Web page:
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Ontario doctors threaten job action if province does not meet demands

Ontario Medical Association has not yet decided how they will pressure Premier Kathleen Wynne’s government, but she said they have no intention of withdrawing services for patients.

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Ontario's doctors are threatening to launch a job action if the provincial government does not grant them binding arbitration as part of their next contract and kill a bill that would restructure the health-care system.

The Ontario Medical Association, which represents 34,000 doctors and medical students, adopted three motions at its biannual council meeting last weekend that contemplate a confrontation with the government.

One says that if Bill 41 – known as the Patients First Act – passes its third reading, the OMA should "lead its membership in job action." A follow-up motion instructs the OMA to develop at least four options and release them to doctors as soon as possible.

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A third motion says the OMA should "lead a [public relations] campaign, including possible job actions, in order to secure binding arbitration and a physician services agreement."

None of the motions is legally binding, but their adoption shows that doctors are preparing to escalate their fight against a government that is expected to head to the polls in less than 18 months.

OMA president Virginia Walley said physicians have not decided exactly how they will pressure Premier Kathleen Wynne's government, but she said they have no intention of withdrawing services for patients.

"We don't want to do anything that would impact direct patient care," Dr. Walley said. "Among the many things that frustrate physicians are things around 'administrivia' and duplicative bureaucracy. Perhaps those are the sorts of things that we'll be able to encourage our members to focus their actions on."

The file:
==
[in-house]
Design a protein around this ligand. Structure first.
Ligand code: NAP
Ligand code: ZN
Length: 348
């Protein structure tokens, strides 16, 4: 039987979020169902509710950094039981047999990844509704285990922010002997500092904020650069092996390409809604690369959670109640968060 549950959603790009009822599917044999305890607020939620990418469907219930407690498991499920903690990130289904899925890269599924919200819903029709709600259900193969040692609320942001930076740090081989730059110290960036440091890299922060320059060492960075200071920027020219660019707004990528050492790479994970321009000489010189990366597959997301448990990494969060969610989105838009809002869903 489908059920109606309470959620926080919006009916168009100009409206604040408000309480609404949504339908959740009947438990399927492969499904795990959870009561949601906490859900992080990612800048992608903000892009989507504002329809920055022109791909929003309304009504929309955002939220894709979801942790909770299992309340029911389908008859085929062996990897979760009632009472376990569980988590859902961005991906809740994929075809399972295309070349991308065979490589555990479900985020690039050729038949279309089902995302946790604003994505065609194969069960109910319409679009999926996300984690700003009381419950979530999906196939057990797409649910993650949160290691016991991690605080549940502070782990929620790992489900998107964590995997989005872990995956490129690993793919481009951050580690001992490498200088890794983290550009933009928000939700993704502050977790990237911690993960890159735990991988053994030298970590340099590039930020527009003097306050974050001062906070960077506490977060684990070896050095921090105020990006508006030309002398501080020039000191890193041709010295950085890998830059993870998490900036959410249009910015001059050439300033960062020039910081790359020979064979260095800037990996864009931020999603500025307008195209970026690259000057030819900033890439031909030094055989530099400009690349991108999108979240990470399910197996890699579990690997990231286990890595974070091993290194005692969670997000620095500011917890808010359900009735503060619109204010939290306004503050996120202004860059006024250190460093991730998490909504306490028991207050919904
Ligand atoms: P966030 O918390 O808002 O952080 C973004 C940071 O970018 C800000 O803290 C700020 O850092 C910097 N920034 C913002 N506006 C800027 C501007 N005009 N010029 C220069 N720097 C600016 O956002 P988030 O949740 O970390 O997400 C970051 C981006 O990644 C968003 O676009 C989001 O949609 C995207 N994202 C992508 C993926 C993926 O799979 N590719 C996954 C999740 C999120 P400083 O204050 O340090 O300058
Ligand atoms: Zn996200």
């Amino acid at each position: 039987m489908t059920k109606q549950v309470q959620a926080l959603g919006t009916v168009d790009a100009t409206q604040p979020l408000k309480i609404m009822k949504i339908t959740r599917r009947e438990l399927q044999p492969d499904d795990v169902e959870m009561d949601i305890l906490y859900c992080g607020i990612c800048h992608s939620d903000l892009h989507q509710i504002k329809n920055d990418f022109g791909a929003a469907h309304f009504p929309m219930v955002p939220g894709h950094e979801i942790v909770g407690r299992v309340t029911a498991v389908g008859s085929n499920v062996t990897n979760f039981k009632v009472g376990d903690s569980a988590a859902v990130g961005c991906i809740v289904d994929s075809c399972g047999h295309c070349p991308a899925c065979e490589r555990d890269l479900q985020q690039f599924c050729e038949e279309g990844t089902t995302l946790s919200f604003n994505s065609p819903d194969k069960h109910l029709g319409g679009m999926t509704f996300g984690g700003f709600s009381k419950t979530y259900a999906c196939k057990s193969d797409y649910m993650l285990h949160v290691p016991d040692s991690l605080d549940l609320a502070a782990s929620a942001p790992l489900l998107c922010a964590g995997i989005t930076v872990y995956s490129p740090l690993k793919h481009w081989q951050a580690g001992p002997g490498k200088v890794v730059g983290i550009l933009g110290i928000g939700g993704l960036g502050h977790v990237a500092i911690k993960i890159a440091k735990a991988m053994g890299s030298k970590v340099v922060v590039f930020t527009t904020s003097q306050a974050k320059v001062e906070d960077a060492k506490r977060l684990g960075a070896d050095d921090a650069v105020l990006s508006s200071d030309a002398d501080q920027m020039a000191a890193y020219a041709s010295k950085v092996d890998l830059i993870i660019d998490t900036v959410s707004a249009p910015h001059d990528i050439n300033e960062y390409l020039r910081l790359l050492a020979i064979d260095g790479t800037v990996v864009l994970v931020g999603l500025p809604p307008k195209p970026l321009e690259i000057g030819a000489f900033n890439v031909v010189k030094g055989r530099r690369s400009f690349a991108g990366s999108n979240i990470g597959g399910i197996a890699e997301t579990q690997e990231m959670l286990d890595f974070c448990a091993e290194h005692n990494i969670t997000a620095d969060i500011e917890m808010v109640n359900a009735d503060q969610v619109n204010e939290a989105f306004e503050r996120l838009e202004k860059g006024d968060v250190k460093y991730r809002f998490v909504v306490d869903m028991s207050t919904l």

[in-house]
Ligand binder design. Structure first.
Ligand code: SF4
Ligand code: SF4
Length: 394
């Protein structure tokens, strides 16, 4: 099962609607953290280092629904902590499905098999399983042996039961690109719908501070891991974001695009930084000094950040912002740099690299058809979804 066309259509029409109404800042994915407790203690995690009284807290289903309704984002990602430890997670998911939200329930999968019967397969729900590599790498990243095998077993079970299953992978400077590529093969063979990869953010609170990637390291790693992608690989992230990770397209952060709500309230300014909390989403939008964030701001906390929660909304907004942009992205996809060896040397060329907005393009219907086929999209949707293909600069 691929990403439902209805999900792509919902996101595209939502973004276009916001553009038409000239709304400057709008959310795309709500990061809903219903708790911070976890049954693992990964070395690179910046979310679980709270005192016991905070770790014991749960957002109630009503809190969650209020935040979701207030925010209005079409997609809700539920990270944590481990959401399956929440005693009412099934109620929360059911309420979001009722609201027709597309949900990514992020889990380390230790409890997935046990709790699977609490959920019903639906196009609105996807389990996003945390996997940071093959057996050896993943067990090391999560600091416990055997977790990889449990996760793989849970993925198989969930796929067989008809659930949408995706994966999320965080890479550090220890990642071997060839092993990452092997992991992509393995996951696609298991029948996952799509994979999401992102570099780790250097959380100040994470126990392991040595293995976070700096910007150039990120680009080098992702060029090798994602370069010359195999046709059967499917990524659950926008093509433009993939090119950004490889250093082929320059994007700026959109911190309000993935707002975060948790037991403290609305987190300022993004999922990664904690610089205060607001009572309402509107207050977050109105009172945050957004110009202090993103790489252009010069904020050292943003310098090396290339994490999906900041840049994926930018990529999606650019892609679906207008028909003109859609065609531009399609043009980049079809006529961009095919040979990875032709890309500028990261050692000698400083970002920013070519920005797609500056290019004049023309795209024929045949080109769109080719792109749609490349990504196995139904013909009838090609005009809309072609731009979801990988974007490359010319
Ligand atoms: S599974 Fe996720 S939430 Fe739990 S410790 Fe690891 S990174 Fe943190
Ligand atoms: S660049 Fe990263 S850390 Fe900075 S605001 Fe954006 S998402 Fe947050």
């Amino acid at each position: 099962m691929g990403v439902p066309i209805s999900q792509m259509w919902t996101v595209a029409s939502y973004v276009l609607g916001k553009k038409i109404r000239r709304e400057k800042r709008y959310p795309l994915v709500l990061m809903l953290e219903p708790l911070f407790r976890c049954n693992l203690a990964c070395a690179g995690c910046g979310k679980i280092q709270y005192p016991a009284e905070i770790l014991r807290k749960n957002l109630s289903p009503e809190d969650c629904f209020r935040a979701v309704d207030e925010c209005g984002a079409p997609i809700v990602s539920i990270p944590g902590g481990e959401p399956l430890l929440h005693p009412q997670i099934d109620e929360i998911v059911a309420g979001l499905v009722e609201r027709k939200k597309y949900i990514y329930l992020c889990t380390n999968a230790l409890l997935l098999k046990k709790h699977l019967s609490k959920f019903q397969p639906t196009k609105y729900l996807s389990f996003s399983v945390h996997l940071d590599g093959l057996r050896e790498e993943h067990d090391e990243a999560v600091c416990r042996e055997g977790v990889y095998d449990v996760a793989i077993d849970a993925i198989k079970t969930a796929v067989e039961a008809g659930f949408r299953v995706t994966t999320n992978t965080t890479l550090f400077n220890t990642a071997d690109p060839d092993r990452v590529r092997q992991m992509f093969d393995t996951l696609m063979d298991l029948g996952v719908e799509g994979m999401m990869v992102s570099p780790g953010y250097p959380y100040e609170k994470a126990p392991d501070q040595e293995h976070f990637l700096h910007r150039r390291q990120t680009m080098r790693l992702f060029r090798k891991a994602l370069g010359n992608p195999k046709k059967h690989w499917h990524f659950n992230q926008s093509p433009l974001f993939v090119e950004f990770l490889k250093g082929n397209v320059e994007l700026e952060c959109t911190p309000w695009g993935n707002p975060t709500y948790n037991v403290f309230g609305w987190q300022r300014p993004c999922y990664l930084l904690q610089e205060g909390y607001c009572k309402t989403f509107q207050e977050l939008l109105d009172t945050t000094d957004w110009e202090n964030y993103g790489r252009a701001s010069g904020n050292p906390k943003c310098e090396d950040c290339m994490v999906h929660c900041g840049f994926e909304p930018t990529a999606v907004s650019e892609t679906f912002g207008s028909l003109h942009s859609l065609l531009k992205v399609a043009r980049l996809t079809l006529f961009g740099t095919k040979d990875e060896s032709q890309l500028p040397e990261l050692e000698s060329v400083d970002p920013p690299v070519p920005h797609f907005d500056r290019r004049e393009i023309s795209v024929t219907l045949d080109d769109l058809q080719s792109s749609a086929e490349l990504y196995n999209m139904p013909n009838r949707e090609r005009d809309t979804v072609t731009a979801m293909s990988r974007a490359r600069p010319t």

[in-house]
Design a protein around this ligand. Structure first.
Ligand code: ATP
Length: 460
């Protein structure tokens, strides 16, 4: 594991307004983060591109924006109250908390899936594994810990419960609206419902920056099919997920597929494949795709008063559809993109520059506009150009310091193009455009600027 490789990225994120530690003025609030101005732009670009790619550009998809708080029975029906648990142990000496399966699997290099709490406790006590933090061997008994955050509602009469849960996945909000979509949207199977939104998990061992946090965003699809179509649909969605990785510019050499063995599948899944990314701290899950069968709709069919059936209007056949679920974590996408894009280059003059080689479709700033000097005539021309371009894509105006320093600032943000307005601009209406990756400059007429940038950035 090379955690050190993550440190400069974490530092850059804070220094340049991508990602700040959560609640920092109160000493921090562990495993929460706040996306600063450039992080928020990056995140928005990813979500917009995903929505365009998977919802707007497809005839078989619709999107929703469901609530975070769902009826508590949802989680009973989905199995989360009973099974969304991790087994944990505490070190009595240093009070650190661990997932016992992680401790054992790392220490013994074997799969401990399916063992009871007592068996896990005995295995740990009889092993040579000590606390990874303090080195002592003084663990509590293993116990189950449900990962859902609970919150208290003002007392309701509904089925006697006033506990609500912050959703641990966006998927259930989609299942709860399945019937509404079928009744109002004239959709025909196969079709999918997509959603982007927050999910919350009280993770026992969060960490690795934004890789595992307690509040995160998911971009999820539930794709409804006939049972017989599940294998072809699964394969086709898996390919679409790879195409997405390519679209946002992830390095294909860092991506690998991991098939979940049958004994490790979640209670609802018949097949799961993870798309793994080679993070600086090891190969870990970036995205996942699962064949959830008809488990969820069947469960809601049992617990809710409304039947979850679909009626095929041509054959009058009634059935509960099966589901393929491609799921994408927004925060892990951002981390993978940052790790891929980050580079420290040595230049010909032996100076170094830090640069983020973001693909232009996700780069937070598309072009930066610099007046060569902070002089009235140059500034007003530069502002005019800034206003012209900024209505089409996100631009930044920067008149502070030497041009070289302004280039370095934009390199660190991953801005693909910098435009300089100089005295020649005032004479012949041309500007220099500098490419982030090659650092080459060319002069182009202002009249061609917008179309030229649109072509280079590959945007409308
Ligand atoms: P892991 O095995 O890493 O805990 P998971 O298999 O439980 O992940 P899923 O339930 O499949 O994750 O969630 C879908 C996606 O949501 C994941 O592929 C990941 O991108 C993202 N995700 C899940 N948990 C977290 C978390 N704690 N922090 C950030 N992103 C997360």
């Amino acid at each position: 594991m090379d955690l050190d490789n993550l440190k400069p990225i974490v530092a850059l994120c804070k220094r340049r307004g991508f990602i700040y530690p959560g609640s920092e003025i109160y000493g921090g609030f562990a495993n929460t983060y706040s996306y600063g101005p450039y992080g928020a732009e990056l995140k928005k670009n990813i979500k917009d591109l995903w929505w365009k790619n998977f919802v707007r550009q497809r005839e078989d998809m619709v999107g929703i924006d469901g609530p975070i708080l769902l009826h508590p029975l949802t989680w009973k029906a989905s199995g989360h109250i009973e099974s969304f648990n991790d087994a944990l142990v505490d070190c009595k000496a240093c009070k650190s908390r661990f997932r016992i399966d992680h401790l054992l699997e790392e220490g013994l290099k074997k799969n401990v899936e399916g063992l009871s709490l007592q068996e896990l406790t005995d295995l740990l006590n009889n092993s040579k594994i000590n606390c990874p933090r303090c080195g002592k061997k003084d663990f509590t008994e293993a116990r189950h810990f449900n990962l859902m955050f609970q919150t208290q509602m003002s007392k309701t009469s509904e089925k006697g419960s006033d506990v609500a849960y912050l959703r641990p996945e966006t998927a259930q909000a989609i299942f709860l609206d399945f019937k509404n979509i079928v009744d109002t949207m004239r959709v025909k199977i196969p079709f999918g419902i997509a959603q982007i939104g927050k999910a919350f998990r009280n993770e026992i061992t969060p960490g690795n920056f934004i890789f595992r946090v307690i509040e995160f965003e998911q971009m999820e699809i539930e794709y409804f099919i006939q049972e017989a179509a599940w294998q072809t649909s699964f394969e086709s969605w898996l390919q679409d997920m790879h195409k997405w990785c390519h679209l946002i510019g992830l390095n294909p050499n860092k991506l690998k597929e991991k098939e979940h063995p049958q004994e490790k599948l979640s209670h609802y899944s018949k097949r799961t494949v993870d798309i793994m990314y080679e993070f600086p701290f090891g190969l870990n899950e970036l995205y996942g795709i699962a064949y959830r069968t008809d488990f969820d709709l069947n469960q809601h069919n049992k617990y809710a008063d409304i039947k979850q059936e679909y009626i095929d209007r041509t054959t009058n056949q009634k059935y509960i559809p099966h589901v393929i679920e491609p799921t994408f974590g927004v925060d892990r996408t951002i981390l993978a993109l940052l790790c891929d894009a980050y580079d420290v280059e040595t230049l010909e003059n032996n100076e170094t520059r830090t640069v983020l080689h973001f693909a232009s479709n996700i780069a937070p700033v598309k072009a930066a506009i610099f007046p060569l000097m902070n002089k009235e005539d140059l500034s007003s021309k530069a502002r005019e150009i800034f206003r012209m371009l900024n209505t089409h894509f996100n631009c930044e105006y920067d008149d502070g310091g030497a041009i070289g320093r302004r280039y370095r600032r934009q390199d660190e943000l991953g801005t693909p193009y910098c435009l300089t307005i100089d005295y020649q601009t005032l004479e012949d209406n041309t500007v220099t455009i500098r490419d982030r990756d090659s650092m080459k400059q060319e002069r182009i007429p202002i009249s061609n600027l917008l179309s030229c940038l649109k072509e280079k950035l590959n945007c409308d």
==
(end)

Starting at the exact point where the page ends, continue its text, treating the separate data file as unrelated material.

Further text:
Doctors in Canada's most populous province have been without a contract for almost three years. In the meantime, the province has imposed unilateral fee cuts on the profession.

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In August, doctors rejected a tentative deal that would have raised the physician services budget – the pot of money Ontario spends on doctors – by 2.5 per cent a year to $12.9-billion by 2020.

Although the OMA endorsed the agreement, members voted it down, revealing a rift between the association's leadership and members who sided with Concerned Ontario Doctors and the Coalition of Ontario Doctors, the groups that led the No campaign.

Dr. Walley said Tuesday that the "fracture" within the profession started to heal at last weekend's council meeting, which was attended by about 250 doctors. "The physicians who were there see the merit of working together as a unified organization and focusing our fight on the government," she said.

The OMA and leaders of the other groups agree on at least two things: Doctors should not return to the negotiating table unless the province first grants them the right to binding arbritation and the government should abandon Bill 41.

The legislation, which is supposed to improve the co-ordination of primary care, would get rid of Community Care Access Centres (CCAC), the controversial agencies that co-ordinate home care in Ontario, and fold their duties into regional authorities known as local health integration networks (LHIN.) It would create 76 new "sub-LHINs," which the OMA is decrying as an additional layer of needless bureaucracy.

"If this government continues to ignore the loud calls of concern and passes Bill 41, Ontario's doctors are prepared to engage in co-ordinated job action," said Kulvinder Gill, a Peel region allergist and pediatrician who is also the president of Concerned Ontario Doctors. "It seems like this may be the only language this government will understand to stop the collision course they are on with Ontario's health-care system."

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Health Minister Eric Hoskins, himself a doctor, was not available for an interview Tuesday. A spokesman declined to comment on a potential job action by doctors.

However, in August, Dr. Hoskins made it clear in an open letter to Dr. Walley that he would only consider binding arbitration for physicians if they agreed to form a union and publicly disclose their billings, conditions the OMA has rejected.

After an announcement on hospital funding last Friday – before the OMA passed its motions – Dr. Hoskins told The Globe and Mail there was no sign of talks resuming.

"We're in a situation right now where the OMA really hasn't expressed to us a willingness or an ability to come back to the table," he said.

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Kelly Grant is a health reporter with The Globe and Mail. More

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